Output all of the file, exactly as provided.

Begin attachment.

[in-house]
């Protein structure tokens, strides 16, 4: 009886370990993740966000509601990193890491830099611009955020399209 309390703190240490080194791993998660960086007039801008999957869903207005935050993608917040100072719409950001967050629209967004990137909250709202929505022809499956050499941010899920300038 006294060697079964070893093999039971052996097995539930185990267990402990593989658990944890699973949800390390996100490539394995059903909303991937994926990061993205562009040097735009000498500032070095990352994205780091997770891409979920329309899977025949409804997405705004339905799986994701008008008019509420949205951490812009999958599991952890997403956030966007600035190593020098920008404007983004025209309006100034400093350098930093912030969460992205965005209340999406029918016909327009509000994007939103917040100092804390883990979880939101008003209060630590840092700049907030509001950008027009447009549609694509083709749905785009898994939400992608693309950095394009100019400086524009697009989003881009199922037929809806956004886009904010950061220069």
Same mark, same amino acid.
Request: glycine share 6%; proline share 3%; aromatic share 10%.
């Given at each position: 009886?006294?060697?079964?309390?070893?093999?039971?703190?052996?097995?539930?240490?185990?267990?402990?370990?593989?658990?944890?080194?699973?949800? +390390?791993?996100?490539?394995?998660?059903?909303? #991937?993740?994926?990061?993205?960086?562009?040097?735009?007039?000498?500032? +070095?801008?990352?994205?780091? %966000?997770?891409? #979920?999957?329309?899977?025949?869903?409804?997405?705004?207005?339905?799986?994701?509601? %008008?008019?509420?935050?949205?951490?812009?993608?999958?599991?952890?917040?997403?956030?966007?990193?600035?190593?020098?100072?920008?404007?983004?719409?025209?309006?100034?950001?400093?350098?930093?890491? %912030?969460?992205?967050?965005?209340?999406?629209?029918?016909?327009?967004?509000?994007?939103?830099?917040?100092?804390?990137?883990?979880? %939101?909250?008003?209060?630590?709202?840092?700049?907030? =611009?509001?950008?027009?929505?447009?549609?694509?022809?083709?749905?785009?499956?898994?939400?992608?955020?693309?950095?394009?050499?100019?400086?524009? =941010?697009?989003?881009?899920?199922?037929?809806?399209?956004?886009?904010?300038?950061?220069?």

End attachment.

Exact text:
[in-house]
């Protein structure tokens, strides 16, 4: 009886370990993740966000509601990193890491830099611009955020399209 309390703190240490080194791993998660960086007039801008999957869903207005935050993608917040100072719409950001967050629209967004990137909250709202929505022809499956050499941010899920300038 006294060697079964070893093999039971052996097995539930185990267990402990593989658990944890699973949800390390996100490539394995059903909303991937994926990061993205562009040097735009000498500032070095990352994205780091997770891409979920329309899977025949409804997405705004339905799986994701008008008019509420949205951490812009999958599991952890997403956030966007600035190593020098920008404007983004025209309006100034400093350098930093912030969460992205965005209340999406029918016909327009509000994007939103917040100092804390883990979880939101008003209060630590840092700049907030509001950008027009447009549609694509083709749905785009898994939400992608693309950095394009100019400086524009697009989003881009199922037929809806956004886009904010950061220069």
Same mark, same amino acid.
Request: glycine share 6%; proline share 3%; aromatic share 10%.
């Given at each position: 009886?006294?060697?079964?309390?070893?093999?039971?703190?052996?097995?539930?240490?185990?267990?402990?370990?593989?658990?944890?080194?699973?949800? +390390?791993?996100?490539?394995?998660?059903?909303? #991937?993740?994926?990061?993205?960086?562009?040097?735009?007039?000498?500032? +070095?801008?990352?994205?780091? %966000?997770?891409? #979920?999957?329309?899977?025949?869903?409804?997405?705004?207005?339905?799986?994701?509601? %008008?008019?509420?935050?949205?951490?812009?993608?999958?599991?952890?917040?997403?956030?966007?990193?600035?190593?020098?100072?920008?404007?983004?719409?025209?309006?100034?950001?400093?350098?930093?890491? %912030?969460?992205?967050?965005?209340?999406?629209?029918?016909?327009?967004?509000?994007?939103?830099?917040?100092?804390?990137?883990?979880? %939101?909250?008003?209060?630590?709202?840092?700049?907030? =611009?509001?950008?027009?929505?447009?549609?694509?022809?083709?749905?785009?499956?898994?939400?992608?955020?693309?950095?394009?050499?100019?400086?524009? =941010?697009?989003?881009?899920?199922?037929?809806?399209?956004?886009?904010?300038?950061?220069?």